# π Solution for Exercise M6.02#

The aim of this exercise it to explore some attributes available in scikit-learnβs random forest.

First, we will fit the penguins regression dataset.

import pandas as pd
from sklearn.model_selection import train_test_split

feature_name = "Flipper Length (mm)"
target_name = "Body Mass (g)"
data, target = penguins[[feature_name]], penguins[target_name]
data_train, data_test, target_train, target_test = train_test_split(
data, target, random_state=0
)


Note

If you want a deeper overview regarding this dataset, you can refer to the Appendix - Datasets description section at the end of this MOOC.

Create a random forest containing three trees. Train the forest and check the generalization performance on the testing set in terms of mean absolute error.

# solution
from sklearn.metrics import mean_absolute_error
from sklearn.ensemble import RandomForestRegressor

forest = RandomForestRegressor(n_estimators=3)
forest.fit(data_train, target_train)
target_predicted = forest.predict(data_test)
print(
"Mean absolute error: "
f"{mean_absolute_error(target_test, target_predicted):.3f} grams"
)

Mean absolute error: 355.129 grams


We now aim to plot the predictions from the individual trees in the forest. For that purpose you have to create first a new dataset containing evenly spaced values for the flipper length over the interval between 170 mm and 230 mm.

# solution
import numpy as np

data_range = pd.DataFrame(np.linspace(170, 235, num=300), columns=data.columns)


The trees contained in the forest that you created can be accessed with the attribute estimators_. Use them to predict the body mass corresponding to the values in this newly created dataset. Similarly find the predictions of the random forest in this dataset.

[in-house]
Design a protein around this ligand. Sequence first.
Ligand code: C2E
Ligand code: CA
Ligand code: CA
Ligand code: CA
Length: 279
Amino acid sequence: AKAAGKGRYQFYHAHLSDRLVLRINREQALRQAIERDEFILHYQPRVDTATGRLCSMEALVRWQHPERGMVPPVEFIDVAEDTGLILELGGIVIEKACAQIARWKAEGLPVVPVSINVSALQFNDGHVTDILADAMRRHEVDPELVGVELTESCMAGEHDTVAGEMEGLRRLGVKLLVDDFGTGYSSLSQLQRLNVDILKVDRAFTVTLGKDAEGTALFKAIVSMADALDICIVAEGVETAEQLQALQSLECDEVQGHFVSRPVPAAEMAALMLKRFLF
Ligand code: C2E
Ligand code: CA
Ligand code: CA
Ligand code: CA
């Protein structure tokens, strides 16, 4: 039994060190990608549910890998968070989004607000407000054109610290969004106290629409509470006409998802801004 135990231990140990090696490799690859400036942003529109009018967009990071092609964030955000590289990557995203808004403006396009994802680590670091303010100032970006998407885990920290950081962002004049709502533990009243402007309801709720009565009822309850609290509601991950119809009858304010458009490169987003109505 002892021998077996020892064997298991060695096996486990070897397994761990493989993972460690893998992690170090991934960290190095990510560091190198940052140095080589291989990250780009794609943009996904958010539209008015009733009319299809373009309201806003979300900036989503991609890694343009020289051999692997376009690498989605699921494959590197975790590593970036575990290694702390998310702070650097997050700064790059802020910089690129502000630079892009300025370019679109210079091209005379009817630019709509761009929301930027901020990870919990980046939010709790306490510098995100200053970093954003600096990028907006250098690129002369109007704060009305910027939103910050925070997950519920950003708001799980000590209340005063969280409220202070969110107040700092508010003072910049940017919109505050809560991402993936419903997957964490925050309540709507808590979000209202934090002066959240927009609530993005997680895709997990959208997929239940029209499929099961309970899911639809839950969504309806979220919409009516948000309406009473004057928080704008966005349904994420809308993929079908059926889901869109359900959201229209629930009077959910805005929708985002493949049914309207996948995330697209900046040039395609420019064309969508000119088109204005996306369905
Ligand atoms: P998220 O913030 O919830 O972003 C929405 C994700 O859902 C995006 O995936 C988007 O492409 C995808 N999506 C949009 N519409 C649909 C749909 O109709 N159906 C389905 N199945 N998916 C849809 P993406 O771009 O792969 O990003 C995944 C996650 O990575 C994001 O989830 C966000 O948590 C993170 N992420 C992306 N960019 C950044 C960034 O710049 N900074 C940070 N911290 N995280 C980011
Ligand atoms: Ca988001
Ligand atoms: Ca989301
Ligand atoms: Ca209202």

# solution
tree_predictions = []

for tree in forest.estimators_:
# we convert data_range into a NumPy array to avoid a warning raised in scikit-learn
tree_predictions.append(tree.predict(data_range.to_numpy()))

forest_predictions = forest.predict(data_range)


Now make a plot that displays:

• the whole data using a scatter plot;

• the decision of each individual tree;

• the decision of the random forest.

# solution
import matplotlib.pyplot as plt
import seaborn as sns

sns.scatterplot(
data=penguins, x=feature_name, y=target_name, color="black", alpha=0.5
)

# plot tree predictions
for tree_idx, predictions in enumerate(tree_predictions):
plt.plot(
data_range[feature_name],
predictions,
label=f"Tree #{tree_idx}",
linestyle="--",
alpha=0.8,
)

plt.plot(data_range[feature_name], forest_predictions, label="Random forest")
_ = plt.legend(bbox_to_anchor=(1.05, 0.8), loc="upper left")


The random forest reduces the overfitting of the individual trees but still overfits itself. In the section on βhyperparameter tuning with ensemble methodsβ we will see how to further mitigate this effect. Still, interested users may increase the number of estimators in the forest and try different values of, e.g., min_samples_split.